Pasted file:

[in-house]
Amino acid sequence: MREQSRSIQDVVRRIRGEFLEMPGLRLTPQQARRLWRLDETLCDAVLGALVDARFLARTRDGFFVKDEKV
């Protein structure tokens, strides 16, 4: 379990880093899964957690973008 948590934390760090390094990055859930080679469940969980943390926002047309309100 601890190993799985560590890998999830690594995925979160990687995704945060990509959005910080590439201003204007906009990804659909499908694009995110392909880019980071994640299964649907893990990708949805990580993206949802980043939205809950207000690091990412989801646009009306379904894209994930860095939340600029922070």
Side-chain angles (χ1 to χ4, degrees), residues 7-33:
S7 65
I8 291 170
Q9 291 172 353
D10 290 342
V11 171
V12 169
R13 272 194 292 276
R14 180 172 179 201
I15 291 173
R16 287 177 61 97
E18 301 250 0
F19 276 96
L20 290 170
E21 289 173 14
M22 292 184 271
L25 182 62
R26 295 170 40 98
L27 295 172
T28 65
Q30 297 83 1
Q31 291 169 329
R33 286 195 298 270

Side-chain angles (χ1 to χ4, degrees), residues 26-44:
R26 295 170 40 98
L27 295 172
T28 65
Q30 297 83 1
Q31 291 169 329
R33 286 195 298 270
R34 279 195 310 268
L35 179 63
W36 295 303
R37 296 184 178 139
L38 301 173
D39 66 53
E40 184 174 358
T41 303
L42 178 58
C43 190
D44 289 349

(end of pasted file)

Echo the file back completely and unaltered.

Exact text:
[in-house]
Amino acid sequence: MREQSRSIQDVVRRIRGEFLEMPGLRLTPQQARRLWRLDETLCDAVLGALVDARFLARTRDGFFVKDEKV
């Protein structure tokens, strides 16, 4: 379990880093899964957690973008 948590934390760090390094990055859930080679469940969980943390926002047309309100 601890190993799985560590890998999830690594995925979160990687995704945060990509959005910080590439201003204007906009990804659909499908694009995110392909880019980071994640299964649907893990990708949805990580993206949802980043939205809950207000690091990412989801646009009306379904894209994930860095939340600029922070």
Side-chain angles (χ1 to χ4, degrees), residues 7-33:
S7 65
I8 291 170
Q9 291 172 353
D10 290 342
V11 171
V12 169
R13 272 194 292 276
R14 180 172 179 201
I15 291 173
R16 287 177 61 97
E18 301 250 0
F19 276 96
L20 290 170
E21 289 173 14
M22 292 184 271
L25 182 62
R26 295 170 40 98
L27 295 172
T28 65
Q30 297 83 1
Q31 291 169 329
R33 286 195 298 270

Side-chain angles (χ1 to χ4, degrees), residues 26-44:
R26 295 170 40 98
L27 295 172
T28 65
Q30 297 83 1
Q31 291 169 329
R33 286 195 298 270
R34 279 195 310 268
L35 179 63
W36 295 303
R37 296 184 178 139
L38 301 173
D39 66 53
E40 184 174 358
T41 303
L42 178 58
C43 190
D44 289 349